How can I solve a separable differential equation for an initial value problem?

• cwbullivant
In summary: So make sure it satisfies the initial condition.Homework Statement Solve the initial value problem:dx/dt = x(2-x) x(0) = 1Homework EquationsProblem statement.The Attempt at a SolutionBased on the format, I attempted to solve the problem as a separable differential equation:∫dx/(x[2-x]) = ∫dtEvaluating to:(ln|x|)/2 - (ln|2 - x|)/2 + C = t + CSimplifyingln|x| - ln|2 - x| + 2C = 2t + 2CCancelling the constantln|x| - ln|
cwbullivant

Homework Statement

Solve the initial value problem:

dx/dt = x(2-x) x(0) = 1

Homework Equations

Problem statement.

The Attempt at a Solution

Based on the format, I attempted to solve the problem as a separable differential equation:

∫dx/(x[2-x]) = ∫dt

Evaluating to:

(ln|x|)/2 - (ln|2 - x|)/2 + C = t + C

Simplifying

ln|x| - ln|2 - x| + 2C = 2t + 2C

Cancelling the constant

ln|x| - ln|2 - x| = 2t

Removing the logs

x - (2 - x) = e^2t

Simplifying further

2x - 2 = e^2t

And finally solving for x:

(e^2t)/2 + 1

Which gives me a function, but for t = 0, x(0) = 3/2, not 1.

Should I be using another technique, or did I make a mistake somewhere in the process above?

The reason you are given initial conditions so that you can evaluate the constant, so it shouldn't disappear. I didn't check the integration but instead write :$$\ln|x| - \ln|2-x| + K = 2t + 2C\,\,\,\text{and so} \ln|x| -\ln|2-x| = 2t + D$$ where D = 2C - K. Now evaluate D using initial conditions.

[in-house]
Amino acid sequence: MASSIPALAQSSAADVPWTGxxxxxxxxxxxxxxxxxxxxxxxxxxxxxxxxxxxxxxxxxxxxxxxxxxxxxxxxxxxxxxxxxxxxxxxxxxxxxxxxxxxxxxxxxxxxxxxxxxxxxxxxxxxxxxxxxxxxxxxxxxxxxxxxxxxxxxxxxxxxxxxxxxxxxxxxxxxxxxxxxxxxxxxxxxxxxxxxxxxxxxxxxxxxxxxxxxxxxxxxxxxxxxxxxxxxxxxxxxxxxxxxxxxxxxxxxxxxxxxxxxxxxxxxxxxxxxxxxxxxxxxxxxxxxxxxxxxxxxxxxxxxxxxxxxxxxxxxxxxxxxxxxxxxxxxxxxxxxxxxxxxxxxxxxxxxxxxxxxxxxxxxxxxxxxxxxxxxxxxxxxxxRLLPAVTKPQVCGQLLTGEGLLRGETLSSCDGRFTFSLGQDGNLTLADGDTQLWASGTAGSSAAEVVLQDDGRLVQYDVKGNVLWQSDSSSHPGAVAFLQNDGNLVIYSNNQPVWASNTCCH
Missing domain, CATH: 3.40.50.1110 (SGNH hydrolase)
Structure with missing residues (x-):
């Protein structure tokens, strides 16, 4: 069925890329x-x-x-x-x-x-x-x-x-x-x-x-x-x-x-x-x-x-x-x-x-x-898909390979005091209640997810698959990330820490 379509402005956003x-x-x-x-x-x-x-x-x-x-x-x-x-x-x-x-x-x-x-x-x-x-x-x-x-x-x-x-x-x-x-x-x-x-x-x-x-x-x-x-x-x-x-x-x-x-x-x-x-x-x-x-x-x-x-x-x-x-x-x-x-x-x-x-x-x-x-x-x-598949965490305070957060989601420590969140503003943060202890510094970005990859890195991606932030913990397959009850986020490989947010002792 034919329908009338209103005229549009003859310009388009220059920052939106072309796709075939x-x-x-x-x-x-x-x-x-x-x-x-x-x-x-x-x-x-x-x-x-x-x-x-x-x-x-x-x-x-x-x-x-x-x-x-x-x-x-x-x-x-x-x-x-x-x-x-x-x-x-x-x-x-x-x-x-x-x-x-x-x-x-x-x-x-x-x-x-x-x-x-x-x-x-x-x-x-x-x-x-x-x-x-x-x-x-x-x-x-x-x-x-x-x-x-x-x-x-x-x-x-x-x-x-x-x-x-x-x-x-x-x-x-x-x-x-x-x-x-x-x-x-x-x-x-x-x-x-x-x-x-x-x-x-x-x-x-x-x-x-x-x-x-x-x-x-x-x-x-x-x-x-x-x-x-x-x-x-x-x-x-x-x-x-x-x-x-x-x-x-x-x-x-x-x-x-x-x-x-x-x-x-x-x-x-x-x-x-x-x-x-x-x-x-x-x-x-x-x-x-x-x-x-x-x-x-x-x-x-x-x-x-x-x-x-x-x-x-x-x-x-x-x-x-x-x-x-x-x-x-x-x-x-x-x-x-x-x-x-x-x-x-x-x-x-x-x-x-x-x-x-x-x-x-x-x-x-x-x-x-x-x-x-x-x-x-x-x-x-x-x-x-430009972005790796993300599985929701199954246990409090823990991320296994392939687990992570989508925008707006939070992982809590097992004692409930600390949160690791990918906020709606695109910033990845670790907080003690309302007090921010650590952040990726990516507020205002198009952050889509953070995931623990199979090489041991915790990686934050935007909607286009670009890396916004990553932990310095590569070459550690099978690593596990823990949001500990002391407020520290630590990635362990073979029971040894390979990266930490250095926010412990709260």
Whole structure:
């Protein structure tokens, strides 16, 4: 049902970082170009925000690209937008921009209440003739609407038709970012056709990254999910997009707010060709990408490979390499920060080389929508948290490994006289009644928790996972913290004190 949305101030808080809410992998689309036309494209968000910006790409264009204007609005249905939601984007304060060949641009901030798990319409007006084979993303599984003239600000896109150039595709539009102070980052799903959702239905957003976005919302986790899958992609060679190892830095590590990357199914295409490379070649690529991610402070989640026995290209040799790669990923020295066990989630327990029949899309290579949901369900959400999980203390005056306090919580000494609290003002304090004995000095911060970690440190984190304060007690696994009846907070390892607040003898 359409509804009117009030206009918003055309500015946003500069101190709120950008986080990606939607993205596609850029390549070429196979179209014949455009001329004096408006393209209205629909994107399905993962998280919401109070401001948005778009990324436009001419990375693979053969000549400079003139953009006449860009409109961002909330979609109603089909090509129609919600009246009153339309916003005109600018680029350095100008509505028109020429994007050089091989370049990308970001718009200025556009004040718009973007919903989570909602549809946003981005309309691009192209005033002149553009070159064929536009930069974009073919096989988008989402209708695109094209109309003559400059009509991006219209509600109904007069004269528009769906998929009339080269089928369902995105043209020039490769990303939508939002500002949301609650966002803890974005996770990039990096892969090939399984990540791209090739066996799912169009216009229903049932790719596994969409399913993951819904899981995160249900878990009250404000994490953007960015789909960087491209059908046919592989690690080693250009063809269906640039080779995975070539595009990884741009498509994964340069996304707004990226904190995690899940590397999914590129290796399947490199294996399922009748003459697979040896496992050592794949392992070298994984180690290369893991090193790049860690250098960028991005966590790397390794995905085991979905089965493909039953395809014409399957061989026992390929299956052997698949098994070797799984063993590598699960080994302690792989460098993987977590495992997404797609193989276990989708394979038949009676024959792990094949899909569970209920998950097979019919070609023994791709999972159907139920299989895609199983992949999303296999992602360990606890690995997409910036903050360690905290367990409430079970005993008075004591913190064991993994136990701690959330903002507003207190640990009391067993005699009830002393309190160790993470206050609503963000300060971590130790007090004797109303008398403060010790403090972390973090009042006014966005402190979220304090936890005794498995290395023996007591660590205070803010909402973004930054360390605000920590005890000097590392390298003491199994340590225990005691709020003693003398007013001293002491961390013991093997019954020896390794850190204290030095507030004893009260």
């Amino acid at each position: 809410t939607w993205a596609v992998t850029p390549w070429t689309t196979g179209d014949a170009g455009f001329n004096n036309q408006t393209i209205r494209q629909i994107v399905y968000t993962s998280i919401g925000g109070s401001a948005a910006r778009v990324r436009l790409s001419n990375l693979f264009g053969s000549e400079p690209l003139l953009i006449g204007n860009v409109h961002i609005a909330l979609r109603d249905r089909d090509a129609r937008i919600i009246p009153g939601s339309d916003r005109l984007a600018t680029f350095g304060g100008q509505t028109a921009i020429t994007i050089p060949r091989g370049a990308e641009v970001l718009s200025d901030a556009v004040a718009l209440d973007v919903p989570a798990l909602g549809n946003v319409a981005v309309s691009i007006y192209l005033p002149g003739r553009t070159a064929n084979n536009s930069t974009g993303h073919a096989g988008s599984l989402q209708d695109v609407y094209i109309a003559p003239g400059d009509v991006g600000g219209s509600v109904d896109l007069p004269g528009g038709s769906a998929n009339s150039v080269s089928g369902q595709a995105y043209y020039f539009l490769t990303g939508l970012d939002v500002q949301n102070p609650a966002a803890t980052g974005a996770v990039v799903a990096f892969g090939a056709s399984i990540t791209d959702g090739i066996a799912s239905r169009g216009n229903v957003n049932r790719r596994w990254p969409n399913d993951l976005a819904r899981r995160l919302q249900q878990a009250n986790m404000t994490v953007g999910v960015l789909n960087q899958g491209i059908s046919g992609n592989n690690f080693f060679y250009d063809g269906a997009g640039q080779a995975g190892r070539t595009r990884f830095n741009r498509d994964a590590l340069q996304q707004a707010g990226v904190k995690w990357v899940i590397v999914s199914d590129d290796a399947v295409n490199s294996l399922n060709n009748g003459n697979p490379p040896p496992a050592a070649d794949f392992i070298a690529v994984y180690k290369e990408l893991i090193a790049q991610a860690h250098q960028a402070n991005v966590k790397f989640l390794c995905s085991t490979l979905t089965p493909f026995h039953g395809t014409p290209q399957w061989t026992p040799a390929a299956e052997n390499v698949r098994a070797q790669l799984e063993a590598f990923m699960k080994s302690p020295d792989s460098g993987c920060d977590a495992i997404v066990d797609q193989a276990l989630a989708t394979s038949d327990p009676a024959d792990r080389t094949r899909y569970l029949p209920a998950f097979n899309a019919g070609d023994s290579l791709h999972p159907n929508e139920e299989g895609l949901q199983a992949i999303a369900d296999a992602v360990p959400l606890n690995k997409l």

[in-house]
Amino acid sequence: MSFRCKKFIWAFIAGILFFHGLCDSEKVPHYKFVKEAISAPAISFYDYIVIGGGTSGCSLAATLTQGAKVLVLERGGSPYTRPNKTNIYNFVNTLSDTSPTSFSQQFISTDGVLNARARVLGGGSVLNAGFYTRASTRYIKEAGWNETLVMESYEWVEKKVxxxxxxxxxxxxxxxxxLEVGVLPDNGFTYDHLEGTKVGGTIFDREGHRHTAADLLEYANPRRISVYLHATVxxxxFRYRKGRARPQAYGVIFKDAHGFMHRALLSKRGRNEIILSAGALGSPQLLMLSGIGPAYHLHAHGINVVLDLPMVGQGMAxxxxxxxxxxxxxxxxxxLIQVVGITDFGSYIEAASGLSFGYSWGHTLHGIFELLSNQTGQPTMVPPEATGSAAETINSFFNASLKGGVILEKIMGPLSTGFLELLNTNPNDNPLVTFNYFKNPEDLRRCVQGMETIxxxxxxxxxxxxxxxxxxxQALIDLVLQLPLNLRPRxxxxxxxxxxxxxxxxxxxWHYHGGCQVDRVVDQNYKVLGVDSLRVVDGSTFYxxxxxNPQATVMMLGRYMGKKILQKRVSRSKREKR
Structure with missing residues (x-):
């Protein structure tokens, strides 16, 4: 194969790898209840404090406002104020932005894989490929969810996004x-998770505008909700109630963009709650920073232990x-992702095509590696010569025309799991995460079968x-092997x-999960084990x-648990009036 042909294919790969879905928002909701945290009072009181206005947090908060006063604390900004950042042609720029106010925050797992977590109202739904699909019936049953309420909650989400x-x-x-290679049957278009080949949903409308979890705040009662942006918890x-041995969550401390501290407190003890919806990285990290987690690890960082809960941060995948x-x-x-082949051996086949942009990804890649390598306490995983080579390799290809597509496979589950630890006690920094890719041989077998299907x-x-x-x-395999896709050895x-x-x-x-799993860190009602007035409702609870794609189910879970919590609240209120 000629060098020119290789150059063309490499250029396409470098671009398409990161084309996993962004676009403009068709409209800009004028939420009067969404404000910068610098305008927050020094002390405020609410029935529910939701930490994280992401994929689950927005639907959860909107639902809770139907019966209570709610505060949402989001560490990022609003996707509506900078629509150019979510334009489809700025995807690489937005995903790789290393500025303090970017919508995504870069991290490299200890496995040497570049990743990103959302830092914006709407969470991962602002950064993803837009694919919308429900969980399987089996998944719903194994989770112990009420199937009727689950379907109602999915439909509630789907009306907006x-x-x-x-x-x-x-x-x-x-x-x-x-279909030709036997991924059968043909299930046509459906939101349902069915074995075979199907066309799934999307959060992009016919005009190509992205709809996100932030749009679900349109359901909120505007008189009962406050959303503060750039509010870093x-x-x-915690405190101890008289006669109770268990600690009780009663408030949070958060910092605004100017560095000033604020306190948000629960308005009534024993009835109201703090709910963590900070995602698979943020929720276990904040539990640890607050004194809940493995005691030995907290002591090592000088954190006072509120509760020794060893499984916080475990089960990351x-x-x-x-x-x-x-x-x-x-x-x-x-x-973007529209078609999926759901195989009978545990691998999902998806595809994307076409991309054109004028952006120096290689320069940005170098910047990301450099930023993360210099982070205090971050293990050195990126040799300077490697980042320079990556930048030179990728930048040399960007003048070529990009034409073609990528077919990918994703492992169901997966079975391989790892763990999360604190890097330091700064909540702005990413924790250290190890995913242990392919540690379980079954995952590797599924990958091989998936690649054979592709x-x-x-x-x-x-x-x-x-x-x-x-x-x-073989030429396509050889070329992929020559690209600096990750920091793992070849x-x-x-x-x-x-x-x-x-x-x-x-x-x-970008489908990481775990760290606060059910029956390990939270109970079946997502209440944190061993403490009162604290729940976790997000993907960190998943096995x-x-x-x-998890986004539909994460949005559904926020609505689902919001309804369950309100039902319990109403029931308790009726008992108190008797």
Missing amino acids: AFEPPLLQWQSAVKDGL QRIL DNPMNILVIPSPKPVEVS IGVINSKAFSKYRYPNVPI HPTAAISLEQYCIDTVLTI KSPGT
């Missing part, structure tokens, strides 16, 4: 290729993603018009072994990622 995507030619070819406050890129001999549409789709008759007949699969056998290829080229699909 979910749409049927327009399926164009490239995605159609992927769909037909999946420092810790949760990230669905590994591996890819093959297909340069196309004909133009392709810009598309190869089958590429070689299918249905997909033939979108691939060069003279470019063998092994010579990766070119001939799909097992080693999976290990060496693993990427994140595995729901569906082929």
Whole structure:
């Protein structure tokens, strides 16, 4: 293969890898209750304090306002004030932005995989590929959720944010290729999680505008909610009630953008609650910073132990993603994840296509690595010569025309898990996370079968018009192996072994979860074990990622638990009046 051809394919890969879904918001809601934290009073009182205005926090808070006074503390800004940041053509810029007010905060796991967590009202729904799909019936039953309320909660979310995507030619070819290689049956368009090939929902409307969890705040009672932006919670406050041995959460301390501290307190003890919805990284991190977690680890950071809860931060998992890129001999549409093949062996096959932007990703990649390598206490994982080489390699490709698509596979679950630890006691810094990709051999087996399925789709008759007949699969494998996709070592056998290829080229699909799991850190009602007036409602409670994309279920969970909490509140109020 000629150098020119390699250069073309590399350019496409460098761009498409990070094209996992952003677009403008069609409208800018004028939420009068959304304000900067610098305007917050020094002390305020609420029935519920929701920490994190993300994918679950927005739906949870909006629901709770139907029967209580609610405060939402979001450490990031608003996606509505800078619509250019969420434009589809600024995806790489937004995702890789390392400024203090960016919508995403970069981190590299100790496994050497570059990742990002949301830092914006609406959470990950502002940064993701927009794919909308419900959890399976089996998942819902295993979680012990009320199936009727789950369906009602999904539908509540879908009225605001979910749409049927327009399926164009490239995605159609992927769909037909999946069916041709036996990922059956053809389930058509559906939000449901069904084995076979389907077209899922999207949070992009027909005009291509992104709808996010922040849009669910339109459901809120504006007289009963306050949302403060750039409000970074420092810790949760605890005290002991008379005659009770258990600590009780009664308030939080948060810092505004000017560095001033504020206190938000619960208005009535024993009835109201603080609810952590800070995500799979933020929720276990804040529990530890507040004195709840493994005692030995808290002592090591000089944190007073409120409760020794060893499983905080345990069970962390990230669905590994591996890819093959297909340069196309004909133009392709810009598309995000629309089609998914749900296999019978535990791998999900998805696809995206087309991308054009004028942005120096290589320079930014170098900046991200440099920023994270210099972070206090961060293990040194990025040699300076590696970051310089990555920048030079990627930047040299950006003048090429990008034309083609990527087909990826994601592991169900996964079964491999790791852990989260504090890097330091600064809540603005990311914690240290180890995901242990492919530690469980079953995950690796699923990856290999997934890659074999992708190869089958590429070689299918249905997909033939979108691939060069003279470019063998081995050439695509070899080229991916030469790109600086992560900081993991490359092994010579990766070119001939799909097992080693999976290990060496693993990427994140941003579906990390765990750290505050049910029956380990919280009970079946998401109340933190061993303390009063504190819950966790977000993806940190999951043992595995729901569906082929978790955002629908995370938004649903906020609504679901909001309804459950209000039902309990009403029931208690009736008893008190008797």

CAF123 said:
The reason you are given initial conditions so that you can evaluate the constant, so it shouldn't disappear. I didn't check the integration but instead write :$$\ln|x| - \ln|2-x| + K = 2t + 2C\,\,\,\text{and so} \ln|x| -\ln|2-x| = 2t + D$$ where D = 2C - K. Now evaluate D using initial conditions.

Attempting to evaluate using

$$ln|x| -\ln|2-x| = 2t + D$$

Returns

$$x = e^{2t+D} + 1$$

Hmmm... Perhaps resubstituting so that...

$$x = e^{2t}e^{D} + 1$$

And assuming e^D = some constant A

$$x = Ae^{2t} + 1$$

Which looks similar to the equation for radioactive decay.

But that only seems to satisfy the initial condition for A = 0, and while that does seem like a potential solution, it also implies that $$x(t) = Ae^{2t} + 1 = 1 \forall t$$ (sorry for bad formatting with the last bit, this is the first time I've ever actually used latex), which seems like it will be a problem.

cwbullivant said:
Attempting to evaluate using

$$ln|x| -\ln|2-x| = 2t + D$$
Yes, that's correct.

Returns

$$x = e^{2t+D} + 1$$
How in the world did you get this?

Hmmm... Perhaps resubstituting so that...

$$x = e^{2t}e^{D} + 1$$

And assuming e^D = some constant A

$$x = Ae^{2t} + 1$$

Which looks similar to the equation for radioactive decay.

But that only seems to satisfy the initial condition for A = 0, and while that does seem like a potential solution, it also implies that $$x(t) = Ae^{2t} + 1 = 1 \forall t$$ (sorry for bad formatting with the last bit, this is the first time I've ever actually used latex), which seems like it will be a problem.

cwbullivant said:

Homework Statement

Solve the initial value problem:

dx/dt = x(2-x) x(0) = 1

Homework Equations

Problem statement.

The Attempt at a Solution

Based on the format, I attempted to solve the problem as a separable differential equation:

∫dx/(x[2-x]) = ∫dt

Evaluating to:

(ln|x|)/2 - (ln|2 - x|)/2 + C = t + C

Simplifying

ln|x| - ln|2 - x| + 2C = 2t + 2C

Cancelling the constant

ln|x| - ln|2 - x| = 2t
The two constants of integration aren't necessarily equal, so you can't cancel them like you did. You usually combine them anyway, so typically, you just include the constant on one side of the equation after integrating.